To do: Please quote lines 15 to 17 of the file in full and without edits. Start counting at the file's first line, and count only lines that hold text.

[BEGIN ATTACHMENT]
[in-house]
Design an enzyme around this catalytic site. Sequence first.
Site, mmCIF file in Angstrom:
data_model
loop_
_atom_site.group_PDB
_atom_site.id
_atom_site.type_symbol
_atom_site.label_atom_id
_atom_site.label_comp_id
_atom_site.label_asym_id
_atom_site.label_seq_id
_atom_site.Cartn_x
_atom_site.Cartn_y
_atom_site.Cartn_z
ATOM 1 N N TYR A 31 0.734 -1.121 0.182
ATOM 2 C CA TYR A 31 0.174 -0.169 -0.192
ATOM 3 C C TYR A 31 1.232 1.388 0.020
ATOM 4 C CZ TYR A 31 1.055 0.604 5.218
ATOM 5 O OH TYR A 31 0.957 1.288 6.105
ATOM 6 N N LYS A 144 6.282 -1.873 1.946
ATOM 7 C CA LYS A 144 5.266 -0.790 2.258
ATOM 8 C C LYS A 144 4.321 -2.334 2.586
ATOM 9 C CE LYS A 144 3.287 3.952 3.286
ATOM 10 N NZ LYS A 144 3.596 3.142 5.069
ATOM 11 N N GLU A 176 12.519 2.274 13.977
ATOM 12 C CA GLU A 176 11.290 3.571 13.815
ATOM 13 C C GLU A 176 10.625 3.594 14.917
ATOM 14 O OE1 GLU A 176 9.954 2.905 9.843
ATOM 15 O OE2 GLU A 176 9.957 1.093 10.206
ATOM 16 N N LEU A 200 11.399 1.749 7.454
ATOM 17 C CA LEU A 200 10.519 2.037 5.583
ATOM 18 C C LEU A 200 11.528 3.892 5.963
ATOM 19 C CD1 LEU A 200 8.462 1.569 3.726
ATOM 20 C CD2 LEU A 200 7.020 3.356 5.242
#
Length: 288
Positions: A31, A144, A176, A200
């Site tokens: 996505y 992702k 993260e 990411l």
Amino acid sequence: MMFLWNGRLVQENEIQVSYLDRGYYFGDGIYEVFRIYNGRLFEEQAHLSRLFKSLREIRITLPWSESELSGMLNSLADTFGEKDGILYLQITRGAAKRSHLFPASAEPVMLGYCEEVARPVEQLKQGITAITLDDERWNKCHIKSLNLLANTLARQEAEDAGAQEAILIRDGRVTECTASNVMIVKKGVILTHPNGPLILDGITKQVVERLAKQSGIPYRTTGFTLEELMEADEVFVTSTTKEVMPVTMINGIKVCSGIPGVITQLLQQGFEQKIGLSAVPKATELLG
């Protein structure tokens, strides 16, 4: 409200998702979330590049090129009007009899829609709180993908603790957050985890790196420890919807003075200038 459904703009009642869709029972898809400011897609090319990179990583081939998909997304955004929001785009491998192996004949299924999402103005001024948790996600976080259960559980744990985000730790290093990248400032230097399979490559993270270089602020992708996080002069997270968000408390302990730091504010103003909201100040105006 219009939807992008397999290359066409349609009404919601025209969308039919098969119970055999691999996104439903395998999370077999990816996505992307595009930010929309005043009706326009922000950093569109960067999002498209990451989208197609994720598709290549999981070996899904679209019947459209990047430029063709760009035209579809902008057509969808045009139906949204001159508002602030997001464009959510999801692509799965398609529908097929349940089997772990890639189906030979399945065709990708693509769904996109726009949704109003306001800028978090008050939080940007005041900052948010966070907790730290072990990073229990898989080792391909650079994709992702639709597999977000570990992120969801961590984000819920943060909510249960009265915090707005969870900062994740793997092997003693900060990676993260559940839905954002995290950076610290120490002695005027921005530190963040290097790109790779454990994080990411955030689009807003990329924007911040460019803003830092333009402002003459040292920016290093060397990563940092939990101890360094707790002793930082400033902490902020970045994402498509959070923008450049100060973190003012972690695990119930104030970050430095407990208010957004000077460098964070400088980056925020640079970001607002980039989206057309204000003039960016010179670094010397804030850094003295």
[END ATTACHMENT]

_atom_site.Cartn_z
ATOM 1 N N TYR A 31 0.734 -1.121 0.182
ATOM 2 C CA TYR A 31 0.174 -0.169 -0.192